You’ve been on the market for a while now, and you’re starting to notice a pattern. Employers love your resume, and you’ve been called in for several interviews, but somewhere between the interview process and the appearance of a formal offer, things tend to fall apart. Are you simply being edged out by more qualified candidates? Or is there something off about your salary expectations? Here are a few things to keep in mind as you look for answers.
Salary History versus Salary Range
If your potential employers ask you to provide an expected salary range, do just that. Present the highest and lowest salary you’re willing and able to accept. Calculate this range based on what you need to pay your bills, what you think you skills are worth, and what similar salaries look like in your industry and your geographic area (a little internet research can help). This range will NOT depend on your salary history.
Your salary history is a different number altogether, and unless you’re a public employee and this number is published on the web, your salary history is your own private business. Employers will sometimes ask you to provide this history, but you’re by no means obligated to offer a correct answer or any answer at all.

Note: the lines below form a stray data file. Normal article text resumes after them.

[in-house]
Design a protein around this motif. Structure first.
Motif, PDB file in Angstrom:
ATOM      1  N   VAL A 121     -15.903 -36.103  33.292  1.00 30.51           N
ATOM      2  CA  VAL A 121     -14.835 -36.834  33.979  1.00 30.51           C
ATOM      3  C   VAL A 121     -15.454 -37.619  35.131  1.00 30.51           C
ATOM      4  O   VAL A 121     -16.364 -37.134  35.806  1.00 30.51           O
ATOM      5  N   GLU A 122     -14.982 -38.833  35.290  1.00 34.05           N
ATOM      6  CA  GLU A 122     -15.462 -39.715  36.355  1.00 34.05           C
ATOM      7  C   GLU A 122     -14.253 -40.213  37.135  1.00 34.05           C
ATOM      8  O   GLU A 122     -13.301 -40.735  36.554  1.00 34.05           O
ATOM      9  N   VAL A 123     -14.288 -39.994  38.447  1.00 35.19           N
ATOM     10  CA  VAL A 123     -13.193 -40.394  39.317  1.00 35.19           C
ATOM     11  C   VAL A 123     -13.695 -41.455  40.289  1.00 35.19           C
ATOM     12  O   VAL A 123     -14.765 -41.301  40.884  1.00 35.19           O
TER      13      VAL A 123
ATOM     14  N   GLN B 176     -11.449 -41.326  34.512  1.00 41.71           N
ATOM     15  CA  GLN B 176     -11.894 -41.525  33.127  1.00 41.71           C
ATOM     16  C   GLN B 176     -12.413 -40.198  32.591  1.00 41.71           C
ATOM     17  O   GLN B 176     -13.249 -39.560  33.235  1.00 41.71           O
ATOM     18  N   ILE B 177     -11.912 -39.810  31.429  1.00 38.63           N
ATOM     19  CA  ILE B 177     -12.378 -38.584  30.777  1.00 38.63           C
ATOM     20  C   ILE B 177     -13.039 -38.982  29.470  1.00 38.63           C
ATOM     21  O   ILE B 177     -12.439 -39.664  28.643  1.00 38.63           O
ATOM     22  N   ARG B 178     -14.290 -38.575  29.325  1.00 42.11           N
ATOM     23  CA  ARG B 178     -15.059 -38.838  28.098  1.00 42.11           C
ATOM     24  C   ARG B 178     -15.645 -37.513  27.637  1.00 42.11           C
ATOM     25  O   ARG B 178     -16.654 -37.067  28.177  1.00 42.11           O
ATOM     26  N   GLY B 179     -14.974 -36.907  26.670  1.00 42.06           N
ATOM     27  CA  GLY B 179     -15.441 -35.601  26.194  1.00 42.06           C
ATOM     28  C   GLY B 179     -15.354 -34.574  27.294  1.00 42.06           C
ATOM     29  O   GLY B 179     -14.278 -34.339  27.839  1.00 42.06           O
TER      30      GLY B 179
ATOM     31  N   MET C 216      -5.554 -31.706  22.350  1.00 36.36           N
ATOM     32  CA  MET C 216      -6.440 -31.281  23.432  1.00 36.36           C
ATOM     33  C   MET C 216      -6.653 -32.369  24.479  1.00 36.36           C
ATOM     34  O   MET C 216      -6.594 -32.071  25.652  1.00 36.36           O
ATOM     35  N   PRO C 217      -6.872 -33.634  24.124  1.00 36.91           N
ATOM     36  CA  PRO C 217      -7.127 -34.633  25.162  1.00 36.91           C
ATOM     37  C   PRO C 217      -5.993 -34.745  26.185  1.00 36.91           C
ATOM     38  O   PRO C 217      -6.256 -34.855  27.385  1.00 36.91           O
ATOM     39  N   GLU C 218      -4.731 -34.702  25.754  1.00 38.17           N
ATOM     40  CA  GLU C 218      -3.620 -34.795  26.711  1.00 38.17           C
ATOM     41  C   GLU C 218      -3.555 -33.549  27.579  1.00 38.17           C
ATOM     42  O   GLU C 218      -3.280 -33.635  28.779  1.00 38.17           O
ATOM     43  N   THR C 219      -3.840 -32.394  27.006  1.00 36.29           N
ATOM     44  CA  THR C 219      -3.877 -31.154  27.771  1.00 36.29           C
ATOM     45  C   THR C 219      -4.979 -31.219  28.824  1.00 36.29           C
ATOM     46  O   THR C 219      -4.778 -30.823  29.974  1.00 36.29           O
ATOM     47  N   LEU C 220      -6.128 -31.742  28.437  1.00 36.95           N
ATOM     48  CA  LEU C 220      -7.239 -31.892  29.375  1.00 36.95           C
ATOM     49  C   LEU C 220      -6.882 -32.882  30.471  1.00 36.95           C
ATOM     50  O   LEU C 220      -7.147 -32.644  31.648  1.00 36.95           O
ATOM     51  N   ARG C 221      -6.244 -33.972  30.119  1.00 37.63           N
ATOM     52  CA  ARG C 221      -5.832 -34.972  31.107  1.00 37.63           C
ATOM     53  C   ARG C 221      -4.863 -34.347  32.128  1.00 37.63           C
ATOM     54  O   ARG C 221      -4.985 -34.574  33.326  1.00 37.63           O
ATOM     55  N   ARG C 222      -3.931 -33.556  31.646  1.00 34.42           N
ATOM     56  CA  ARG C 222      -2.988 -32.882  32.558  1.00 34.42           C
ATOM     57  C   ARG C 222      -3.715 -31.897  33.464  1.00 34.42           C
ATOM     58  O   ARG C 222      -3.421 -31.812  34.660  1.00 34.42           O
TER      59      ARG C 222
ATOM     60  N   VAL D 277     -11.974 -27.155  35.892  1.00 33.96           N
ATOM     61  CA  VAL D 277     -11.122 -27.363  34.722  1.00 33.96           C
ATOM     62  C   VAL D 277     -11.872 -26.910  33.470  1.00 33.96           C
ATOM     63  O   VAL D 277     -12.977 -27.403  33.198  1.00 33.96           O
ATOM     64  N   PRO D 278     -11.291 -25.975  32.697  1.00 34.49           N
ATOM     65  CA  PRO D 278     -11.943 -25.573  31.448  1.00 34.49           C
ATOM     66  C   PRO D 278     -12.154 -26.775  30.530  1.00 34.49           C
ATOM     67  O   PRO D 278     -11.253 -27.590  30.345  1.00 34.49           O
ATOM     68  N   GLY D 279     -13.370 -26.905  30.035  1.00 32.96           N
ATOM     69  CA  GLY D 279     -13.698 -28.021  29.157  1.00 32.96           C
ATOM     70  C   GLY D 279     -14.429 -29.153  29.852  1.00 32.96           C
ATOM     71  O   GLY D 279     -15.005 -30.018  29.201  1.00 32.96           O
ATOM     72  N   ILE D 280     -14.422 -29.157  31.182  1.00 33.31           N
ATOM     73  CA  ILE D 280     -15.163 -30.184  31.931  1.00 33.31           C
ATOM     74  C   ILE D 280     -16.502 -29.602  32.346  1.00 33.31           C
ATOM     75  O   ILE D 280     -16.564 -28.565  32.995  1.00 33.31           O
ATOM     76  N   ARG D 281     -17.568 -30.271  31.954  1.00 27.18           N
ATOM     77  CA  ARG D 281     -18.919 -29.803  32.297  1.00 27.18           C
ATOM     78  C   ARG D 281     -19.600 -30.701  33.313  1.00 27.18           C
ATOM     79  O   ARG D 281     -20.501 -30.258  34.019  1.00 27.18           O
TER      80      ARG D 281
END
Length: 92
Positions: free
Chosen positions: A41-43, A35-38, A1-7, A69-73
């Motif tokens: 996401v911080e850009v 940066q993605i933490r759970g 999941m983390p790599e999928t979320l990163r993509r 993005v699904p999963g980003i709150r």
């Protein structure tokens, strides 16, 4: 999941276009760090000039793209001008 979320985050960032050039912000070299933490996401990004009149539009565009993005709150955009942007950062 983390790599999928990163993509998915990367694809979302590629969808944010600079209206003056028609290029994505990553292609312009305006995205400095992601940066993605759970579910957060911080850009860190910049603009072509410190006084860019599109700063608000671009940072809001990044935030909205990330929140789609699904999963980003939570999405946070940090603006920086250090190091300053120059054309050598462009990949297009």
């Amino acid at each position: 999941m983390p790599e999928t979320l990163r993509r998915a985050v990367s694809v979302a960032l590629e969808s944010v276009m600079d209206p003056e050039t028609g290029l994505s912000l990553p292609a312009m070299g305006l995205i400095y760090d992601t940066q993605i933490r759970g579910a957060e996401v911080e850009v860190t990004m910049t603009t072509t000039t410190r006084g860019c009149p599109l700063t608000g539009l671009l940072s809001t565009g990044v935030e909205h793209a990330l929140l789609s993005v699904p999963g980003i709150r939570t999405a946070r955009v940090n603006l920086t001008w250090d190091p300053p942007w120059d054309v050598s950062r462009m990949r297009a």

Make Sure Your Range is Reasonable
Of course, as a Junior Account Manager with less than a year of experience, it would be wonderful to make six figures as soon as you step in the door. But there’s a reason why a “range” includes both a minimum and a maximum. Annual salary increases are often calculated by percentage, so if your employers agree to overpay you during your first year, they’ll be locked into this pattern for the duration of your tenure. They know this, so as they weigh your expectations, they factor in the cost to the company over the long term. They also factor in the cost of annual bonuses and benefits like health insurance.
Don’t undersell yourself, but before you present your desired salary, be prepared to negotiate, and expect your potential employers to make a counter offer that’s close to or below the bottom of your range. Rely on your research and don’t allow yourself to be talked down below the average salary for your job, at your level, in your area, in your industry. And don’t let your salary history become part of this discussion—The past is past. The only thing that matters now is your financial future and the future growth of your career.
For salary negotiation tips and other job search guidance, make an appointment with the Des Moines staffing and career management experts at The Palmer Group.